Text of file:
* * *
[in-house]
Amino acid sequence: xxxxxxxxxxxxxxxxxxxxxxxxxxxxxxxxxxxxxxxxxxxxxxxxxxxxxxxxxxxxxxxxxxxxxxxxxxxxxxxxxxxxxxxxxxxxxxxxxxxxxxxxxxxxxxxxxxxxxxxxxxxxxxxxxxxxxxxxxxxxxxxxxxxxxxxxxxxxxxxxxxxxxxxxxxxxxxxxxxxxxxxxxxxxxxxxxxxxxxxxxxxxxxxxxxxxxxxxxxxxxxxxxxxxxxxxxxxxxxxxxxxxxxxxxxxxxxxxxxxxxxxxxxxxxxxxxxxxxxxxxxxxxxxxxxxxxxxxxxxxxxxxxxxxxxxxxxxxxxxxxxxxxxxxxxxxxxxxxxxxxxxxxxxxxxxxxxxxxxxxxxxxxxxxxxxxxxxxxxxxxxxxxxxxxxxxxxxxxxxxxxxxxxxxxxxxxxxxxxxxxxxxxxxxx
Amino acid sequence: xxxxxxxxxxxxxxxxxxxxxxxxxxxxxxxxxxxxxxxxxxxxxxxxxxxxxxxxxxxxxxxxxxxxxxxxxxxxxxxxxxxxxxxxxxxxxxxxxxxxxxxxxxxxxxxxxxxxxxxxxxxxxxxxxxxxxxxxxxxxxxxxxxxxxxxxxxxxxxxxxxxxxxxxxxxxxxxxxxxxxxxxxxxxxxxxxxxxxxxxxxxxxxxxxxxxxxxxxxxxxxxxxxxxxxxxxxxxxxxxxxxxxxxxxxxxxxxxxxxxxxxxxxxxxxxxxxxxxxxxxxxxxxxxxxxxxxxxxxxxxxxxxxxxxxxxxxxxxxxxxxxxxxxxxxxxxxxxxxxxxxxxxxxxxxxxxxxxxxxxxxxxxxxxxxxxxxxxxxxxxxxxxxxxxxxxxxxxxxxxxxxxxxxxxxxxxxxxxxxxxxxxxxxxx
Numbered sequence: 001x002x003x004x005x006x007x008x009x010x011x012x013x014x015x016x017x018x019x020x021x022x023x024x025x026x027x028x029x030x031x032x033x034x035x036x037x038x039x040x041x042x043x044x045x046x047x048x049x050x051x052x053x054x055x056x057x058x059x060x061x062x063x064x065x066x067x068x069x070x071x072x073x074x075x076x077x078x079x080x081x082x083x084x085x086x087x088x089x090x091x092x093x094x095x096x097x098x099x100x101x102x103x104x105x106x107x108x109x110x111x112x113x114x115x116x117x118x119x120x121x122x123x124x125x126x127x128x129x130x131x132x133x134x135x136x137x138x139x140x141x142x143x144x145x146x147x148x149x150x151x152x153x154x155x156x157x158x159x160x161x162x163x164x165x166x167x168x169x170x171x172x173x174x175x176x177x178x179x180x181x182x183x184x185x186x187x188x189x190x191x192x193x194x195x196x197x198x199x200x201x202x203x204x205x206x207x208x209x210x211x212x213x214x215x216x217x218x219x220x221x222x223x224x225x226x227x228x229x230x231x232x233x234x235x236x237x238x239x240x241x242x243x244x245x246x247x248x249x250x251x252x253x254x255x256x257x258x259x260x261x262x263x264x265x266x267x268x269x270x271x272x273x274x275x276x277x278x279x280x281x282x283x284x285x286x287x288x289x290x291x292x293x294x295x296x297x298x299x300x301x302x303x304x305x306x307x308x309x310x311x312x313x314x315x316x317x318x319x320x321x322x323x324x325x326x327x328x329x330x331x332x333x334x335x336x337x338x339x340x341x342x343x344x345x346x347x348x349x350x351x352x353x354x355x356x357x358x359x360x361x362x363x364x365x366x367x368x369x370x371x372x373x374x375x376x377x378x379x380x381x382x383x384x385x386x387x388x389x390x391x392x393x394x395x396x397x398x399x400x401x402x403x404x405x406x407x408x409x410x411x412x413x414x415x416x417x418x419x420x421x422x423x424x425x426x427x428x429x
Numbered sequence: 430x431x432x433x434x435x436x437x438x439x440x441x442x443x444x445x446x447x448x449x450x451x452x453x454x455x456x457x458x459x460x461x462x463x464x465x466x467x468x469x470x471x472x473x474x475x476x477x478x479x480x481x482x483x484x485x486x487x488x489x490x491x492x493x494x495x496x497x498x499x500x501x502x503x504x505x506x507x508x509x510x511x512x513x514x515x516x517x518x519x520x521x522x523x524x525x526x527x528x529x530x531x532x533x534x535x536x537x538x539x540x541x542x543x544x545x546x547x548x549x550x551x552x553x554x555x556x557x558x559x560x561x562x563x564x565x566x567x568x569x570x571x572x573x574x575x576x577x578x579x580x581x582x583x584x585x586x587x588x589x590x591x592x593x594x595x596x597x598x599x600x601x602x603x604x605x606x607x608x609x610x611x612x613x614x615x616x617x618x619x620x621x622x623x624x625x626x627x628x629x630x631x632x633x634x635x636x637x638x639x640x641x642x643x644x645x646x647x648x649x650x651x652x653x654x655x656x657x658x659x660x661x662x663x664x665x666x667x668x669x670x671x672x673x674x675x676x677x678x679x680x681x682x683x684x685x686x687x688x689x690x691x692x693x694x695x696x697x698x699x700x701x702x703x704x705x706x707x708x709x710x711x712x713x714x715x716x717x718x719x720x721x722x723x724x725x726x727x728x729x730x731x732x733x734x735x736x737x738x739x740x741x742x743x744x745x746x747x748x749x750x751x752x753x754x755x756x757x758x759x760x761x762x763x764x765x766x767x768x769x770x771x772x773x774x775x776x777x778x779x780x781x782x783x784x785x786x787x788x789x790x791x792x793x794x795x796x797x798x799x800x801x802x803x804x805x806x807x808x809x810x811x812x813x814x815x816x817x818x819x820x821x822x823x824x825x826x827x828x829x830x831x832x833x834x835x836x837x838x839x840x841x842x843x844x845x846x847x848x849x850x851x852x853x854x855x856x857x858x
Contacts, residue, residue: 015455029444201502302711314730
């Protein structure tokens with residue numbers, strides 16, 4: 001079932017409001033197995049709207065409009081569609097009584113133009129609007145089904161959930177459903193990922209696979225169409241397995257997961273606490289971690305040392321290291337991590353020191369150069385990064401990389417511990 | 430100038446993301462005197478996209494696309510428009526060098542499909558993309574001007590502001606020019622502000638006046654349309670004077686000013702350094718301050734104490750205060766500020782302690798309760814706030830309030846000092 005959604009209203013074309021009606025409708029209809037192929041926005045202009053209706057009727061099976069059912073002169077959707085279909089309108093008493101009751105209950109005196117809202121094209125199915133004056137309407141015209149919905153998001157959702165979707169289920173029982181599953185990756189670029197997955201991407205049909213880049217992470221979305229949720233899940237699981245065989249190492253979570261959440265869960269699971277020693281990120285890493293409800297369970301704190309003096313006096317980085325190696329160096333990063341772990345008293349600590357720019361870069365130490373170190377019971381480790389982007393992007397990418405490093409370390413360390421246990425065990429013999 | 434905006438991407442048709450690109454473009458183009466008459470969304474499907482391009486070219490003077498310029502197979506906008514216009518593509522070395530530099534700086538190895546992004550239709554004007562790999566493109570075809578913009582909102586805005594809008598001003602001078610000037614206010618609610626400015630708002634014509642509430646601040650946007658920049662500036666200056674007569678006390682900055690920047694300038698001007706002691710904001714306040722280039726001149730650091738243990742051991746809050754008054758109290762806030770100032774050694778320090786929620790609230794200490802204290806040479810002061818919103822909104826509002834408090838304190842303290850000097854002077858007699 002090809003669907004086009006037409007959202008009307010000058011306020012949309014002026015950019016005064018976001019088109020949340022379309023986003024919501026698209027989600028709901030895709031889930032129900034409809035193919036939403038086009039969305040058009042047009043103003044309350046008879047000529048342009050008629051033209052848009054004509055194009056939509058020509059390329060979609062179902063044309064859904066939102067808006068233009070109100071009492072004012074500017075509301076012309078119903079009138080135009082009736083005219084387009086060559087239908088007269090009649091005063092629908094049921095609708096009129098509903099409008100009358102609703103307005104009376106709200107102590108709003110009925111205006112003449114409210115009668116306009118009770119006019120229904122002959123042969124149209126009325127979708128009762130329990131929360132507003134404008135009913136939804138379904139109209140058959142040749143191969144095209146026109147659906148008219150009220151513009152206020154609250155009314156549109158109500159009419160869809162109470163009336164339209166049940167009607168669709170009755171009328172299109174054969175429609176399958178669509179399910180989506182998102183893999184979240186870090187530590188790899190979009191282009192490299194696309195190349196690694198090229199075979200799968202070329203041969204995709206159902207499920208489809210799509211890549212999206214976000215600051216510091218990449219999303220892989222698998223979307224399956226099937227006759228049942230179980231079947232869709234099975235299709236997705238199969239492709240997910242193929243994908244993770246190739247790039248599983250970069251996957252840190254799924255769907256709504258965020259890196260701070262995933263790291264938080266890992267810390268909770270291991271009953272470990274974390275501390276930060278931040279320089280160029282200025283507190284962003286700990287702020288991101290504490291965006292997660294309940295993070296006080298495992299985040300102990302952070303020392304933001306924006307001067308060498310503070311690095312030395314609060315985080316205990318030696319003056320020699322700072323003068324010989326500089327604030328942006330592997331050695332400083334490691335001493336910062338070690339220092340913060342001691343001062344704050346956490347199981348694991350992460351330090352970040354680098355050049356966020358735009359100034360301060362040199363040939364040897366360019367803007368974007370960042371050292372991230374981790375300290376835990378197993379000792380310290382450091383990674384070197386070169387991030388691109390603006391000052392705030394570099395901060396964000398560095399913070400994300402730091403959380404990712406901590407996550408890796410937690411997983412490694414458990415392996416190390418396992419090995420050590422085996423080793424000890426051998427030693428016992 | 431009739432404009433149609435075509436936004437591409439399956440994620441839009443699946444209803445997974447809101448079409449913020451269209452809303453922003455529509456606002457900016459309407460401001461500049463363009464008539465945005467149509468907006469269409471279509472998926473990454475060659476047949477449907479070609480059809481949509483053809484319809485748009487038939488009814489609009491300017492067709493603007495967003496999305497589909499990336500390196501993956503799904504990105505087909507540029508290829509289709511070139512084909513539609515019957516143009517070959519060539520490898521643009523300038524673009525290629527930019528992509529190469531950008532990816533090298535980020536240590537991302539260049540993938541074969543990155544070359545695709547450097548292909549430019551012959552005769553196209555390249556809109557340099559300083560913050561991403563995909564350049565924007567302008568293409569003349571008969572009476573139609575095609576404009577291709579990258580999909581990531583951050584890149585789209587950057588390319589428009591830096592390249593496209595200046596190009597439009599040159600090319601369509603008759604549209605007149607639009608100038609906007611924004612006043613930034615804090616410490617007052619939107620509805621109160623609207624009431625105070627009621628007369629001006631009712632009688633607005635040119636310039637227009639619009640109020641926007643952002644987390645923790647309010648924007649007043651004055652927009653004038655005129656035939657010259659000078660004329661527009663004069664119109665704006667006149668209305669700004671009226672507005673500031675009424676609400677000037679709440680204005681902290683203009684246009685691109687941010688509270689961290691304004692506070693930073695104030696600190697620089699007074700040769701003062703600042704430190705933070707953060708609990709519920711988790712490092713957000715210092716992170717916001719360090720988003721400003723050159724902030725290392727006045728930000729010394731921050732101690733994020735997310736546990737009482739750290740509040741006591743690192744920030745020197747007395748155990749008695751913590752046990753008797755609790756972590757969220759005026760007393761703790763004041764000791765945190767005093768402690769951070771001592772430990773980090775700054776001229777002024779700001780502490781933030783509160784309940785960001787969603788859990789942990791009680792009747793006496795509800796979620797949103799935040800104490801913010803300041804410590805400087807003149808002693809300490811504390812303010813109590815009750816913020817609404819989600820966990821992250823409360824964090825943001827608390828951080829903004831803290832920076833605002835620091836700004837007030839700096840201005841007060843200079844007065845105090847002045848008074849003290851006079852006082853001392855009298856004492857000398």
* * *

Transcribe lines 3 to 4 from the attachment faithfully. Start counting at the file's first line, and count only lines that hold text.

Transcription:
Amino acid sequence: xxxxxxxxxxxxxxxxxxxxxxxxxxxxxxxxxxxxxxxxxxxxxxxxxxxxxxxxxxxxxxxxxxxxxxxxxxxxxxxxxxxxxxxxxxxxxxxxxxxxxxxxxxxxxxxxxxxxxxxxxxxxxxxxxxxxxxxxxxxxxxxxxxxxxxxxxxxxxxxxxxxxxxxxxxxxxxxxxxxxxxxxxxxxxxxxxxxxxxxxxxxxxxxxxxxxxxxxxxxxxxxxxxxxxxxxxxxxxxxxxxxxxxxxxxxxxxxxxxxxxxxxxxxxxxxxxxxxxxxxxxxxxxxxxxxxxxxxxxxxxxxxxxxxxxxxxxxxxxxxxxxxxxxxxxxxxxxxxxxxxxxxxxxxxxxxxxxxxxxxxxxxxxxxxxxxxxxxxxxxxxxxxxxxxxxxxxxxxxxxxxxxxxxxxxxxxxxxxxxxxxxxxxxxx
Numbered sequence: 001x002x003x004x005x006x007x008x009x010x011x012x013x014x015x016x017x018x019x020x021x022x023x024x025x026x027x028x029x030x031x032x033x034x035x036x037x038x039x040x041x042x043x044x045x046x047x048x049x050x051x052x053x054x055x056x057x058x059x060x061x062x063x064x065x066x067x068x069x070x071x072x073x074x075x076x077x078x079x080x081x082x083x084x085x086x087x088x089x090x091x092x093x094x095x096x097x098x099x100x101x102x103x104x105x106x107x108x109x110x111x112x113x114x115x116x117x118x119x120x121x122x123x124x125x126x127x128x129x130x131x132x133x134x135x136x137x138x139x140x141x142x143x144x145x146x147x148x149x150x151x152x153x154x155x156x157x158x159x160x161x162x163x164x165x166x167x168x169x170x171x172x173x174x175x176x177x178x179x180x181x182x183x184x185x186x187x188x189x190x191x192x193x194x195x196x197x198x199x200x201x202x203x204x205x206x207x208x209x210x211x212x213x214x215x216x217x218x219x220x221x222x223x224x225x226x227x228x229x230x231x232x233x234x235x236x237x238x239x240x241x242x243x244x245x246x247x248x249x250x251x252x253x254x255x256x257x258x259x260x261x262x263x264x265x266x267x268x269x270x271x272x273x274x275x276x277x278x279x280x281x282x283x284x285x286x287x288x289x290x291x292x293x294x295x296x297x298x299x300x301x302x303x304x305x306x307x308x309x310x311x312x313x314x315x316x317x318x319x320x321x322x323x324x325x326x327x328x329x330x331x332x333x334x335x336x337x338x339x340x341x342x343x344x345x346x347x348x349x350x351x352x353x354x355x356x357x358x359x360x361x362x363x364x365x366x367x368x369x370x371x372x373x374x375x376x377x378x379x380x381x382x383x384x385x386x387x388x389x390x391x392x393x394x395x396x397x398x399x400x401x402x403x404x405x406x407x408x409x410x411x412x413x414x415x416x417x418x419x420x421x422x423x424x425x426x427x428x429x